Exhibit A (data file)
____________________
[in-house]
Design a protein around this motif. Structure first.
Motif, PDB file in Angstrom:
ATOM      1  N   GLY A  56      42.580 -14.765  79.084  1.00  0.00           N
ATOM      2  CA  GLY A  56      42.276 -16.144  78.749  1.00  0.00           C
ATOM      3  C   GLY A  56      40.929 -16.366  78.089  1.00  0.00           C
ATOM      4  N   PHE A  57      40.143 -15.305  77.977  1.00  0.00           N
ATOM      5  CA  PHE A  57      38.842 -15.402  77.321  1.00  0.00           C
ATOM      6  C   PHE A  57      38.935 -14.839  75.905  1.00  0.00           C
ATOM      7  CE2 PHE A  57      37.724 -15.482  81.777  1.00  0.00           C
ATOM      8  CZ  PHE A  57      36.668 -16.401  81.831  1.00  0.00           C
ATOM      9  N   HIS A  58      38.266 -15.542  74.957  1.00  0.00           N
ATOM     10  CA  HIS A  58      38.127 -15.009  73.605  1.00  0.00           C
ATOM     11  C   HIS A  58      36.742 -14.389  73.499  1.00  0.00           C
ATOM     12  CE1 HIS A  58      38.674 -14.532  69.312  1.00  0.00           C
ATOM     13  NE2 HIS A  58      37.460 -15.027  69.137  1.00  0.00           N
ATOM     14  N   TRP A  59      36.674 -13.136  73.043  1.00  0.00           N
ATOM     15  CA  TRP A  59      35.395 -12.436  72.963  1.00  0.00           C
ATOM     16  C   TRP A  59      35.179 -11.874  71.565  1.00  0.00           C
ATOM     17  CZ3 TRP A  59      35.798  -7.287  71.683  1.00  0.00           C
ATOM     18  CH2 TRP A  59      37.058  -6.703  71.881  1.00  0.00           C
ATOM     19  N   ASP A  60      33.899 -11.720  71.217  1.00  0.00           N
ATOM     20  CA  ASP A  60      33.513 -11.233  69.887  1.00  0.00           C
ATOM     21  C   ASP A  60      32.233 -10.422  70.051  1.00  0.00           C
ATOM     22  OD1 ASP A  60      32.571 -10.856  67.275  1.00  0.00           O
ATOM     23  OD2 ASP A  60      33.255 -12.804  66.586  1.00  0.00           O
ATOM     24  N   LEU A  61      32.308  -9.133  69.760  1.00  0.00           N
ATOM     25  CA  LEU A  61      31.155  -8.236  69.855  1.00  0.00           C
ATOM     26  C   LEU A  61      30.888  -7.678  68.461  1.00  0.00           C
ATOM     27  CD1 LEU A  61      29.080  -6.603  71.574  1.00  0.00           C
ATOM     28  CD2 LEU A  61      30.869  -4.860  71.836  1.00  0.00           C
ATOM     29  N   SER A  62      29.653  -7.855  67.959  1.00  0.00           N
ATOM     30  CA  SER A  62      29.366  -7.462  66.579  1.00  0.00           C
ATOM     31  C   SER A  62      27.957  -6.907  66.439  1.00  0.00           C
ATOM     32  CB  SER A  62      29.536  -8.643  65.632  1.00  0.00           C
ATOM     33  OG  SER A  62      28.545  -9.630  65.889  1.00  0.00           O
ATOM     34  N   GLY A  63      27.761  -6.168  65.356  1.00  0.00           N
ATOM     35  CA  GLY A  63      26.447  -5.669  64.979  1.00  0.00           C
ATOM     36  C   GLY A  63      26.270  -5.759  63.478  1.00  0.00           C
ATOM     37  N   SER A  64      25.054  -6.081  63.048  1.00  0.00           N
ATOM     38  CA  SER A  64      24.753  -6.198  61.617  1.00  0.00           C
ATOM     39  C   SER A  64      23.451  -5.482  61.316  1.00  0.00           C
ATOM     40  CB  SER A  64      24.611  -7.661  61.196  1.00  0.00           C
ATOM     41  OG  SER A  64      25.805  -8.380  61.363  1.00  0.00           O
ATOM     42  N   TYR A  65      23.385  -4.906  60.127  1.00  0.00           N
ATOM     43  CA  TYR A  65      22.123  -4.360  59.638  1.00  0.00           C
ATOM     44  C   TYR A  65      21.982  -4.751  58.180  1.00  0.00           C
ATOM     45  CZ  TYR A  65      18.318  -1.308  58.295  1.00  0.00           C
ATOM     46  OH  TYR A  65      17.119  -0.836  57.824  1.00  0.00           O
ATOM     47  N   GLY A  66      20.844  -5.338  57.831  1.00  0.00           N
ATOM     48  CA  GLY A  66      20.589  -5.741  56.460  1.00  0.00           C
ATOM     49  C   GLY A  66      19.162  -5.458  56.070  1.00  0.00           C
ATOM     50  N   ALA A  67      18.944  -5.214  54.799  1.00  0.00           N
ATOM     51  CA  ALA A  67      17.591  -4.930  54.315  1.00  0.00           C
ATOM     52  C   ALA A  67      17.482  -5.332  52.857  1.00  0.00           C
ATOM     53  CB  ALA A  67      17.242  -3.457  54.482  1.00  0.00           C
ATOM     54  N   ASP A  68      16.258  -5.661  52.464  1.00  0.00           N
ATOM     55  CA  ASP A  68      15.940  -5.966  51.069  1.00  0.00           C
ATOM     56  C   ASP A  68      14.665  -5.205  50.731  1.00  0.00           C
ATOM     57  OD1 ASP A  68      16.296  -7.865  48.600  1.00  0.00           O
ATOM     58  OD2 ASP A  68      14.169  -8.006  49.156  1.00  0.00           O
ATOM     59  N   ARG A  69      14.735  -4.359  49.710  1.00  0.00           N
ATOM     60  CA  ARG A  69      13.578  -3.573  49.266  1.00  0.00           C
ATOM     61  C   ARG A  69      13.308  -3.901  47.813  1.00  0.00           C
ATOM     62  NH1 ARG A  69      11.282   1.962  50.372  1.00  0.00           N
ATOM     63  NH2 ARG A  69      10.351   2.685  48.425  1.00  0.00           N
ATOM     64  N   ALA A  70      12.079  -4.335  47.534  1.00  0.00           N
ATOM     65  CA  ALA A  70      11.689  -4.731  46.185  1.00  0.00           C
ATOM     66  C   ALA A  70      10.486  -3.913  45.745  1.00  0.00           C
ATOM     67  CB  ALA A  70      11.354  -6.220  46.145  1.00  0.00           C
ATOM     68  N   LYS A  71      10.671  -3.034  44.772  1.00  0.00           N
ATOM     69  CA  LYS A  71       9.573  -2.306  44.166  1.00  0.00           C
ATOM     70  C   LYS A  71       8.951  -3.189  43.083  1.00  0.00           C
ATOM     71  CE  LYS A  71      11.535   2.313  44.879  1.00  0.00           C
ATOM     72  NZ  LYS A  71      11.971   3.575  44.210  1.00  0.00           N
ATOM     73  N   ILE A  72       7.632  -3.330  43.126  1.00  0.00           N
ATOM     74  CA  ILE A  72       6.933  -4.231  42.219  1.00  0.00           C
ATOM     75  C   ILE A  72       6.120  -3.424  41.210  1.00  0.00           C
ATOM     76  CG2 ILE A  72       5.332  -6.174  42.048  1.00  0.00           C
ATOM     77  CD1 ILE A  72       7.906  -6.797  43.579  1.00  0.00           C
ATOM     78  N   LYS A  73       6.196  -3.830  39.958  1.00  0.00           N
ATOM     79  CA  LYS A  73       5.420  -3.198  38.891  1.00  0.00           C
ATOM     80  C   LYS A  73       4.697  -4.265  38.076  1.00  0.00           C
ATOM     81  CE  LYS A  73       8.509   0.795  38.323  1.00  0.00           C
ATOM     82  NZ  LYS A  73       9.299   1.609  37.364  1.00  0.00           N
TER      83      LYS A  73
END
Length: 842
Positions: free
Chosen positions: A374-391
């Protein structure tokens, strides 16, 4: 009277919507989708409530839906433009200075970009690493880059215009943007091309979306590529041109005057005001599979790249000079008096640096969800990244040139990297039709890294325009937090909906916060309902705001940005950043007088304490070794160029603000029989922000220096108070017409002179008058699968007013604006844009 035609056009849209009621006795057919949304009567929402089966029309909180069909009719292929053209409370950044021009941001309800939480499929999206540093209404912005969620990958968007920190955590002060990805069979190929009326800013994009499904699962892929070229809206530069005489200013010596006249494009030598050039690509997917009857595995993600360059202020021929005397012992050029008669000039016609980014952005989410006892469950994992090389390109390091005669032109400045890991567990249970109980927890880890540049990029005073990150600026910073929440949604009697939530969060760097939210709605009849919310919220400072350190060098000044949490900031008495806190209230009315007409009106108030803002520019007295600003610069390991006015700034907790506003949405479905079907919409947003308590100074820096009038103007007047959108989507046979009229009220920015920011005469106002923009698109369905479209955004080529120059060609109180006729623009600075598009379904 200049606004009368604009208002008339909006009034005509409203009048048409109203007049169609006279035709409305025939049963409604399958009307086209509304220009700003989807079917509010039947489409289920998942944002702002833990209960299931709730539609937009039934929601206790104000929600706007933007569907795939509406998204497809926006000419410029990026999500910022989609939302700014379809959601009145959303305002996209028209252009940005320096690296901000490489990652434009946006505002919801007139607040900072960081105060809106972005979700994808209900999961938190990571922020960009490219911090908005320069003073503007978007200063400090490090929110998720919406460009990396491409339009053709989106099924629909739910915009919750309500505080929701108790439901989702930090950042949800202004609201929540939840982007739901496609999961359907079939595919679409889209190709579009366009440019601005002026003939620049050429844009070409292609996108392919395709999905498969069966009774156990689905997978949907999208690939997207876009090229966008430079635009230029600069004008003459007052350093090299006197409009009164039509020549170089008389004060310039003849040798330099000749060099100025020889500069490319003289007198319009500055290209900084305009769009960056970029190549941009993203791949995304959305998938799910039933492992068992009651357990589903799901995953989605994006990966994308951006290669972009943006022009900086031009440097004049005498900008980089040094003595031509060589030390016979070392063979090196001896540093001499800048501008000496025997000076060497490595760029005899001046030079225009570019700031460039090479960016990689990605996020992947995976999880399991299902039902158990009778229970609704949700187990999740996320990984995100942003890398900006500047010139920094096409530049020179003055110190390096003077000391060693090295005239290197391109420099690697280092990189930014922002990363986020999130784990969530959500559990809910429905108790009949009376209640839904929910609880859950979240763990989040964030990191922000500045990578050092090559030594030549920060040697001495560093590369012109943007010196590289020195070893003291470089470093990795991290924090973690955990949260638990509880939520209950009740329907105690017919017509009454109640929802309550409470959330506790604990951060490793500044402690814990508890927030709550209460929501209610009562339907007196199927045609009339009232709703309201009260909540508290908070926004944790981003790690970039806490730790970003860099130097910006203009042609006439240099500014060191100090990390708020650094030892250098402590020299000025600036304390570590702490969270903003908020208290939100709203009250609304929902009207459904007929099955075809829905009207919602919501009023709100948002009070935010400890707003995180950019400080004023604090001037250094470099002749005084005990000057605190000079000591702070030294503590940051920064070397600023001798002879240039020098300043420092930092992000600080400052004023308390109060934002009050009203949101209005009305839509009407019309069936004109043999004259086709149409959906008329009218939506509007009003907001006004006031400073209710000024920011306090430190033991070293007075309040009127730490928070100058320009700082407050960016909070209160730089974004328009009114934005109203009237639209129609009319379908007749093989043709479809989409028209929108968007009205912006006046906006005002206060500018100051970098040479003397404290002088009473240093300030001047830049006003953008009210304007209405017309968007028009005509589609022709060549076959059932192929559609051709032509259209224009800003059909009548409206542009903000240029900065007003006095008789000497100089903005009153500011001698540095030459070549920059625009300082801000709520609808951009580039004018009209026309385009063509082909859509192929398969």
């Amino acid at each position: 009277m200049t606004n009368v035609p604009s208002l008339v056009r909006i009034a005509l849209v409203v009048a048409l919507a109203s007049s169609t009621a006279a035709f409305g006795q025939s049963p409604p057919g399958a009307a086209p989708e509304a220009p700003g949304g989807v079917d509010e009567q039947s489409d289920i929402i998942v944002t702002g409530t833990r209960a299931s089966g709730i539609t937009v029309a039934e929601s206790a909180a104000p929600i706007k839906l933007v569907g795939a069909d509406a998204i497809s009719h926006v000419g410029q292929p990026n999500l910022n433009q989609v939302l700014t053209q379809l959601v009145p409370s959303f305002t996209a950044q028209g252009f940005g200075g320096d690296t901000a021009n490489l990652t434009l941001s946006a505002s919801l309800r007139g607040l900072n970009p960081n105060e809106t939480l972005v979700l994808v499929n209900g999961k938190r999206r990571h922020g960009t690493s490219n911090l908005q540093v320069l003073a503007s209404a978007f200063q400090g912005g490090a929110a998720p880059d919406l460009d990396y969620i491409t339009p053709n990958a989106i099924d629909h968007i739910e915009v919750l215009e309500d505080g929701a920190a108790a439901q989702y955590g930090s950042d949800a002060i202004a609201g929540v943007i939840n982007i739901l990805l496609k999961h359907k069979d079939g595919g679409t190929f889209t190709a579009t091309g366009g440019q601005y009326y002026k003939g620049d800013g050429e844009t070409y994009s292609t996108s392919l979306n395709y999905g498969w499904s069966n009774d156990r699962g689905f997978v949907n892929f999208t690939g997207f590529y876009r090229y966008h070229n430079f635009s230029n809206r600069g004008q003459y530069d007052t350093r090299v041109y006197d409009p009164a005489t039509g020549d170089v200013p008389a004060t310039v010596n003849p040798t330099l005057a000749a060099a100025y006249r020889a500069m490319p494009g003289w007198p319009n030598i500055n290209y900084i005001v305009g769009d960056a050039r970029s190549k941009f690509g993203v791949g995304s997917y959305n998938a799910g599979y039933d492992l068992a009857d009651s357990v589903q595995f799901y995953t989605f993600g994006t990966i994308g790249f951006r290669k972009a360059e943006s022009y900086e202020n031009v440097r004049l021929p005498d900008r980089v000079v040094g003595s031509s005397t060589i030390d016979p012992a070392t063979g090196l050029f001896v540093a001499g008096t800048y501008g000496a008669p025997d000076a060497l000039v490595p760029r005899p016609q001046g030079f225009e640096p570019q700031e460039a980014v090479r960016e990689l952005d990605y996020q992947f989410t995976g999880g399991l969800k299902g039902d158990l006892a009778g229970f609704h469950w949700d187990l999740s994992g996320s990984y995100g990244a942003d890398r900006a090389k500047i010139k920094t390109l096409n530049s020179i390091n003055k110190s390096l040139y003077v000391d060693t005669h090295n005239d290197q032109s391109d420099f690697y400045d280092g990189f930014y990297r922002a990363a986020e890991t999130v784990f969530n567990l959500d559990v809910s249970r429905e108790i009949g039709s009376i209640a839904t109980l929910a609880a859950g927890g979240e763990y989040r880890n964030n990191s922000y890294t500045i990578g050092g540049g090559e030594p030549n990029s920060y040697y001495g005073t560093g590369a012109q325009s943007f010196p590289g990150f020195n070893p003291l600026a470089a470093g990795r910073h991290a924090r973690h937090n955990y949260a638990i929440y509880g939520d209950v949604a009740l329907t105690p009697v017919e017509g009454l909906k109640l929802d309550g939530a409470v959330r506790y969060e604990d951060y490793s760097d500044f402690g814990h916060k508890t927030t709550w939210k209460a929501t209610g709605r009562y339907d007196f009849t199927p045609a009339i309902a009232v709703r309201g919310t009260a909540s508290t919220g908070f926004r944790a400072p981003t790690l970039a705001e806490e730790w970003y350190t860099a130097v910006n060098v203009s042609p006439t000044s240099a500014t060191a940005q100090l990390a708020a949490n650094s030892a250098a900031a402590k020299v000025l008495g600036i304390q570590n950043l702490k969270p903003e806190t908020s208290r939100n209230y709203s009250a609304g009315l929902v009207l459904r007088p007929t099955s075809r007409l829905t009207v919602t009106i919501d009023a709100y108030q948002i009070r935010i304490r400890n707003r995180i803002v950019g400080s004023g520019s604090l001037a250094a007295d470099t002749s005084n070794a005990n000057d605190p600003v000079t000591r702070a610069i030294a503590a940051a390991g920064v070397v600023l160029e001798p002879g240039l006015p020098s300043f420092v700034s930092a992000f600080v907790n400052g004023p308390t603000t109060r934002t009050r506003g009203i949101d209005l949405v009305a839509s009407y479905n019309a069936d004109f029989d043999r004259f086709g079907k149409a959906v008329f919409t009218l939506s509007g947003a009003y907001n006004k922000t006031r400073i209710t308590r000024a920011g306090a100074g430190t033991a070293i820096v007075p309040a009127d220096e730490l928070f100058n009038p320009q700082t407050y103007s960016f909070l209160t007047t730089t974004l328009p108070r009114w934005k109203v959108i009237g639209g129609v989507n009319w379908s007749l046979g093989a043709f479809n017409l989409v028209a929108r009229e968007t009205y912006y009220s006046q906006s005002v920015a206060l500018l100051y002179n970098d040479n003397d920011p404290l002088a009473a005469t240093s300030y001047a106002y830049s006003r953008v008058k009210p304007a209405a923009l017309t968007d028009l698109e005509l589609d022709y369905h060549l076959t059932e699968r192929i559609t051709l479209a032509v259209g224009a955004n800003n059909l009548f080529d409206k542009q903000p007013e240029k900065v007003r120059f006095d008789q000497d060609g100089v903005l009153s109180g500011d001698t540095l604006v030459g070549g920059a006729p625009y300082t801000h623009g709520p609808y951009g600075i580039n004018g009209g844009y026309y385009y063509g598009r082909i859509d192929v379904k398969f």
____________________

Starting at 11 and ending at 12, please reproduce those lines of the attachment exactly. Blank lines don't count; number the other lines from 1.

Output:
ATOM      8  CZ  PHE A  57      36.668 -16.401  81.831  1.00  0.00           C
ATOM      9  N   HIS A  58      38.266 -15.542  74.957  1.00  0.00           N